IMAGE: Jabriel, a “luxury bull,” whose semen is the most valuable in the billion-dollar Brazilian cattle genetics industry. Photo from the “Holy Cow” series by photo-journalist Carolina Arantes.

Jabriel is what can be described as a “luxury bull”–his genes so perfect that he lives protected in the farm of a lab in the south-eastern state of Minas Gerais.

Via The Guardian, I was introduced to Jabriel, whose value was assessed at $800,000 in 2016. Jabriel is the star of the Brazilian bull semen market, and thus of photo-journalist Carolina Arantes’ series “Holy Cow,” which documents this little-known but lucrative industry. (“Holy” is, in part, a reference to Jabriel’s ancestral lineage: in the nineteenth century, specimens of India’s distinctive and sacred zebu cattle were brought to Brazil. Their genes are responsible for much of Jabriel’s value today.)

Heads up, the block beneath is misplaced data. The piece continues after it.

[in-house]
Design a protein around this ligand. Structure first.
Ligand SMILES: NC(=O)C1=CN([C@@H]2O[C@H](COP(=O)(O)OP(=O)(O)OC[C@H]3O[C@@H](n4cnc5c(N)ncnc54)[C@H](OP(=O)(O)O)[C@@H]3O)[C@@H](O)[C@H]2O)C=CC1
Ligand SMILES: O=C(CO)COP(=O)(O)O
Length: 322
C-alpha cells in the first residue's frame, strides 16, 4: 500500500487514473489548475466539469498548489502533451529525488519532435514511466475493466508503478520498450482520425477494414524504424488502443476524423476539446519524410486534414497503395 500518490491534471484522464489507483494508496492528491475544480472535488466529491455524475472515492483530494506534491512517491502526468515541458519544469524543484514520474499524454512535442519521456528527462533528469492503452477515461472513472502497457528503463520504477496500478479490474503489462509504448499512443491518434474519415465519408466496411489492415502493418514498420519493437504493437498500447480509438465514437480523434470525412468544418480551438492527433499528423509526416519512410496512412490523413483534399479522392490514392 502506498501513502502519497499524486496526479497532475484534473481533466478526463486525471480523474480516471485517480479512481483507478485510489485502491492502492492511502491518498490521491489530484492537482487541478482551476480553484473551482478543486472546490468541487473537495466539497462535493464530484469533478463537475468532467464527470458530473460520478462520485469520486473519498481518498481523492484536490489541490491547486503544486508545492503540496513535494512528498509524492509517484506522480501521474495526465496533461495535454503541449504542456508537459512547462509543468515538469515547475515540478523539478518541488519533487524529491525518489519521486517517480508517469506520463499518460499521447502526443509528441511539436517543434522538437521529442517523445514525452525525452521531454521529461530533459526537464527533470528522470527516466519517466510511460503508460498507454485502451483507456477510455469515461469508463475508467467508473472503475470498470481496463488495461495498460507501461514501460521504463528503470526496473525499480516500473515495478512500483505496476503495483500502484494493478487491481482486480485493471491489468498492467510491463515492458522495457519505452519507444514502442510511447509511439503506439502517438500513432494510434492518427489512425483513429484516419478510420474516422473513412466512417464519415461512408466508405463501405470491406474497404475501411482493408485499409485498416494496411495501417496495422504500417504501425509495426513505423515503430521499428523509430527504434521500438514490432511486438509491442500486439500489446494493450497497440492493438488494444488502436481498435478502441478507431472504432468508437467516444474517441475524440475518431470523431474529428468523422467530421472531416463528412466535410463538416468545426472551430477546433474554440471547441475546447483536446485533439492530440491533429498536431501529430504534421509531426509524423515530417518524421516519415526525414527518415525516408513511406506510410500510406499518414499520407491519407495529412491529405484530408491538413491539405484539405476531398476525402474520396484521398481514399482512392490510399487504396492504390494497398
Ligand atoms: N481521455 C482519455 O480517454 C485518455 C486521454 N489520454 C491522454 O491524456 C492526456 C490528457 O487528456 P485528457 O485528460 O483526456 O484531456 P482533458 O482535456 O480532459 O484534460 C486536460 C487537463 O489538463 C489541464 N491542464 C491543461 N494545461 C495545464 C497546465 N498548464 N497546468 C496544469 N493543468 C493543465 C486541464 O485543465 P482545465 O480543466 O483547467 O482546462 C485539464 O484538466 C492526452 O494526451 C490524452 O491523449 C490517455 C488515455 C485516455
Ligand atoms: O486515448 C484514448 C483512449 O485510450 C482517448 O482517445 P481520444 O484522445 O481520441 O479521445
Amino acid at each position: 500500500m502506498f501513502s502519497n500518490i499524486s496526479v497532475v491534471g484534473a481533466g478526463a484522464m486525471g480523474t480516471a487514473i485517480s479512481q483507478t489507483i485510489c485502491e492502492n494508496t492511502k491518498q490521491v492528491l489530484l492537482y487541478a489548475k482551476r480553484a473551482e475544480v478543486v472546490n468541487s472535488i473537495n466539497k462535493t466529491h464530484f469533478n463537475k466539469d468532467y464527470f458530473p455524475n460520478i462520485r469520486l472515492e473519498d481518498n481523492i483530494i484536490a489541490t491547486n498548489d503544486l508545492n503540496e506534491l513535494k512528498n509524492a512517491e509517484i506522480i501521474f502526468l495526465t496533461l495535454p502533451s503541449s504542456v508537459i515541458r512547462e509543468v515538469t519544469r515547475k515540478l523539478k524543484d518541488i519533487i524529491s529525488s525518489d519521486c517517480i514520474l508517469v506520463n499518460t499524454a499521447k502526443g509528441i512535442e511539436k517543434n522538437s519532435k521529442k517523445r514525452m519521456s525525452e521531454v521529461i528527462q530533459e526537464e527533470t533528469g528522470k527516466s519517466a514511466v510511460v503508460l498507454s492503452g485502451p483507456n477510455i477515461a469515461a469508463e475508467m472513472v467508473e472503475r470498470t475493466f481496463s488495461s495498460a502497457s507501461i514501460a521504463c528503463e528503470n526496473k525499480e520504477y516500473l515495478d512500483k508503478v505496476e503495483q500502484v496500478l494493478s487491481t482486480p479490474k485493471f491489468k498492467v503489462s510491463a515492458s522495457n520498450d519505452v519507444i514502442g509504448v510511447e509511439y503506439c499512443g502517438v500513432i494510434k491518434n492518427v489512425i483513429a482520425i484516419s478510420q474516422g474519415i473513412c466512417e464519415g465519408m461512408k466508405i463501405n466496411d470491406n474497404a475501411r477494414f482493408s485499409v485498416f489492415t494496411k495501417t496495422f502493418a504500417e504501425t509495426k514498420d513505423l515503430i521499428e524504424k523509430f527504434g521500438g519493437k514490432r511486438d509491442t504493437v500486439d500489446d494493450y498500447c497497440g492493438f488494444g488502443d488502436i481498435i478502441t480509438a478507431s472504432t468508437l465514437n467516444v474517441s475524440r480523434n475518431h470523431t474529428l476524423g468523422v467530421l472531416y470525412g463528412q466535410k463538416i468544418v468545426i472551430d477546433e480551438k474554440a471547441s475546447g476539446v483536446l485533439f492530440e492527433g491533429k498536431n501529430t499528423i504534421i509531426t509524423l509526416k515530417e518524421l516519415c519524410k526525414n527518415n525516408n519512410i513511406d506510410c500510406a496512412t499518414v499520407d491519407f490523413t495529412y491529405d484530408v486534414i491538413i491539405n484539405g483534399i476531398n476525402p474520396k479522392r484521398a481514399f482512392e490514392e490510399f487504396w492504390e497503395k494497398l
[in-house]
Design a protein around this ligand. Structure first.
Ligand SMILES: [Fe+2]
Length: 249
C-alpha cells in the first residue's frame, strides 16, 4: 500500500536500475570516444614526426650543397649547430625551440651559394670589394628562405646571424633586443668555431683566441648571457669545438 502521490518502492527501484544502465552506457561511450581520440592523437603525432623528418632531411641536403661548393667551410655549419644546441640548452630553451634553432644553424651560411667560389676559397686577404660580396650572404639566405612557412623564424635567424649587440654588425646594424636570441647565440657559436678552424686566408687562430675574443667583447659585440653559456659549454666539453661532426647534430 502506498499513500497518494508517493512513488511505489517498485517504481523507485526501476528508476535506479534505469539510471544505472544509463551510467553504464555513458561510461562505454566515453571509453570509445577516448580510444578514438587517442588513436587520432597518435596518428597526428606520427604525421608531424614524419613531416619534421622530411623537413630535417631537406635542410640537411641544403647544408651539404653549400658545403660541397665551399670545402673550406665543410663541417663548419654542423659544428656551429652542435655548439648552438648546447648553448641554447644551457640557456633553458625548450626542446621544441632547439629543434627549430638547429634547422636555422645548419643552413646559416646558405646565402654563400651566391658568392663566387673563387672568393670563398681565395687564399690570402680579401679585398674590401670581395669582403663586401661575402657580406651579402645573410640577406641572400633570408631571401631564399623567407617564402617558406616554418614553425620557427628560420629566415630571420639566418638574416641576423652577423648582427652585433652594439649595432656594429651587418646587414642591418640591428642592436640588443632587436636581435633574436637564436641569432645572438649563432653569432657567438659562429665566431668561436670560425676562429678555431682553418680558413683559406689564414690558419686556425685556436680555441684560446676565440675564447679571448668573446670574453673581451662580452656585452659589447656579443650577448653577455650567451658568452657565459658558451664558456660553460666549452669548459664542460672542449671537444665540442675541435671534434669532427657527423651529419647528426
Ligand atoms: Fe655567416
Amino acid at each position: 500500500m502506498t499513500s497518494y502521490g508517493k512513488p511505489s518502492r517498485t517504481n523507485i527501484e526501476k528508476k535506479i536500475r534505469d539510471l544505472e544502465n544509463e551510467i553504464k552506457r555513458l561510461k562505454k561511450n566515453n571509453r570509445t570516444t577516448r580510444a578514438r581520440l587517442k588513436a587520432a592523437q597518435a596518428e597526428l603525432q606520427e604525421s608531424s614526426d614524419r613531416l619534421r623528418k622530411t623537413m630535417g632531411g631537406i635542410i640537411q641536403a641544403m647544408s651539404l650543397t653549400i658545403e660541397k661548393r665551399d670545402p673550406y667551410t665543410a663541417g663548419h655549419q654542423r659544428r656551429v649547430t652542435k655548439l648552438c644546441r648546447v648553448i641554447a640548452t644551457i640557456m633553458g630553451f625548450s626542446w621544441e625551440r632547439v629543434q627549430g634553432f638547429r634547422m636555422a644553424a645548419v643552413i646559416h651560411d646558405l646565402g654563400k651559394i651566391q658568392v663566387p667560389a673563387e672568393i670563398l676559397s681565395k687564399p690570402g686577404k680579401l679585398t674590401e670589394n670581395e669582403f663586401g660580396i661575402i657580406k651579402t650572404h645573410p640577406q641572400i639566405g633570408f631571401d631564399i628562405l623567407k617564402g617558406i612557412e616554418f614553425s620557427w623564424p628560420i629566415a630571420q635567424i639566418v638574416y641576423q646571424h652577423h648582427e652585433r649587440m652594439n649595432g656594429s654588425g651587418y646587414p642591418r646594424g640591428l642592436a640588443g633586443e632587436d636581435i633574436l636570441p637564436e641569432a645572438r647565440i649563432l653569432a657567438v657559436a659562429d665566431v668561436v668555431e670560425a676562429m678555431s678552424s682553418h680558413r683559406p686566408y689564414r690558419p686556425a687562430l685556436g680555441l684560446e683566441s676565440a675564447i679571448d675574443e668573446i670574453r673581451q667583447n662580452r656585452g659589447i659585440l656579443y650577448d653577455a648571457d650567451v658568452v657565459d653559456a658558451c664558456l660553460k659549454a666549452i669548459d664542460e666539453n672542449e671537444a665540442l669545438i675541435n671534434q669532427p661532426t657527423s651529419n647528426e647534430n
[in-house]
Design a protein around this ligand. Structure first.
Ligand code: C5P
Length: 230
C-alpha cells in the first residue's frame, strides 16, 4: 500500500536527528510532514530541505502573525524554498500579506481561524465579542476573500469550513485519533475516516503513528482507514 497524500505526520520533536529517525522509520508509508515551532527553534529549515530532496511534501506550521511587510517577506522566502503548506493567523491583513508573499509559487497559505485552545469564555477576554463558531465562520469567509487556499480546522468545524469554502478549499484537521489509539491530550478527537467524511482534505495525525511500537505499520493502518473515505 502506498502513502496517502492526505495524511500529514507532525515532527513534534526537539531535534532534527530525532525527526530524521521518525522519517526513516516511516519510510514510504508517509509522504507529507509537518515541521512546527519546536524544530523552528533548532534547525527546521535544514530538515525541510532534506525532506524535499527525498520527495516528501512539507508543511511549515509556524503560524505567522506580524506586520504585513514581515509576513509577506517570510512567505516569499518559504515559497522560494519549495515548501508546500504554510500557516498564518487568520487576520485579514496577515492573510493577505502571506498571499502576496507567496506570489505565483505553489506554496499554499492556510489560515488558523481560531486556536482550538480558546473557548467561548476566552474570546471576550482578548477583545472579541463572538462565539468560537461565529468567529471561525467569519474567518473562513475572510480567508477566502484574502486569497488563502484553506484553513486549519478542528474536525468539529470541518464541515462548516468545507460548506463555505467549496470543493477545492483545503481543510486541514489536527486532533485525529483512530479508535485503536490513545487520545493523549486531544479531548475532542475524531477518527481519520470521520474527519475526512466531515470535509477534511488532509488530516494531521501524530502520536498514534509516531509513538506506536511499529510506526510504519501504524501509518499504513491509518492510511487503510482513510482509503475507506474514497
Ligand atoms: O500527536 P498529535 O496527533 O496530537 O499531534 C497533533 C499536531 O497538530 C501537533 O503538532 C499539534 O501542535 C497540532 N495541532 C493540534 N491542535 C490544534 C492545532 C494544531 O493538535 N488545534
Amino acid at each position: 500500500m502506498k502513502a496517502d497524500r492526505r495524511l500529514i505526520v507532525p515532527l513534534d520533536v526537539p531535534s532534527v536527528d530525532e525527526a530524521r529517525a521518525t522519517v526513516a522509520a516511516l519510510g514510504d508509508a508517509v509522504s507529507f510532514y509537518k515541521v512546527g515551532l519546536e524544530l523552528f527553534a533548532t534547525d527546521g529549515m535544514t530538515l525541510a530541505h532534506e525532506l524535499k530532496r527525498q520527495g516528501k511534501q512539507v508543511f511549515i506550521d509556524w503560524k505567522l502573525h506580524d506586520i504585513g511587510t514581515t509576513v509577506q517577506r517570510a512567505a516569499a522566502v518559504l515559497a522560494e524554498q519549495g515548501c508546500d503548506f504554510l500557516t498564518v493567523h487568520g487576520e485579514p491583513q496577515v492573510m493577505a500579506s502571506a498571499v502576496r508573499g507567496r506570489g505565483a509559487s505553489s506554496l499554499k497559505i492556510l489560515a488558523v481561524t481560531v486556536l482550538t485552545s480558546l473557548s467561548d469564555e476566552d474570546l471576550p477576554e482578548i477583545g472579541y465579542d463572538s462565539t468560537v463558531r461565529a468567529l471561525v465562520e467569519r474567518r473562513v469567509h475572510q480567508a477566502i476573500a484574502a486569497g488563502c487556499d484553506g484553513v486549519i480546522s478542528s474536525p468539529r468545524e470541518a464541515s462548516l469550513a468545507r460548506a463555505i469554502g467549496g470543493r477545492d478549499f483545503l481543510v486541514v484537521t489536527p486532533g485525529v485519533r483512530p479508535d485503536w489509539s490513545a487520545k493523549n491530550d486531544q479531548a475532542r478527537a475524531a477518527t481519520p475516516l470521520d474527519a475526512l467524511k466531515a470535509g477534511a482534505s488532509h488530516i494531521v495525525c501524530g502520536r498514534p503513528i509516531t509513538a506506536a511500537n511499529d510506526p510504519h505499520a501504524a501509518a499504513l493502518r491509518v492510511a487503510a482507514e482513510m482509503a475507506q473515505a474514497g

Jabriel is an A.I. bull, in the terminology of an industry where those initials stand for artificial insemination, rather than intelligence. He is rated “Concept Plus,” which, again, does not refer to a particularly advanced idea, but instead to his fertility: his owners, Alta Genetics, promise that their “high fertility CONCEPT PLUS sires will give you a 2%-5% conception rate advantage over the average sire.”

Jabriel’s charms do not stop there. With the help of Google Translate, I’m further able to appreciate him as a “Very racially beautiful reproducer, which transmits to its children fast gain in weight and excellent refrigeration conformation.” (Reprodutor de muita beleza racial, que transmite aos seus filhos rápido ganho em peso e excelente conformação frigorífica, in the original Portuguese.) Racial beauty and fast gain in weight seem self-explanatory (!) but excellent refrigeration conformation requires a little more interrogation: I think, based on my ongoing explorations of the artificial cryosphere, that it may refer to the known tendency of zebu beef to toughen during rapid post-mortem chilling, and/or the ways in which different assemblages of muscle fibre and fat respond to the refrigerator’s tenderization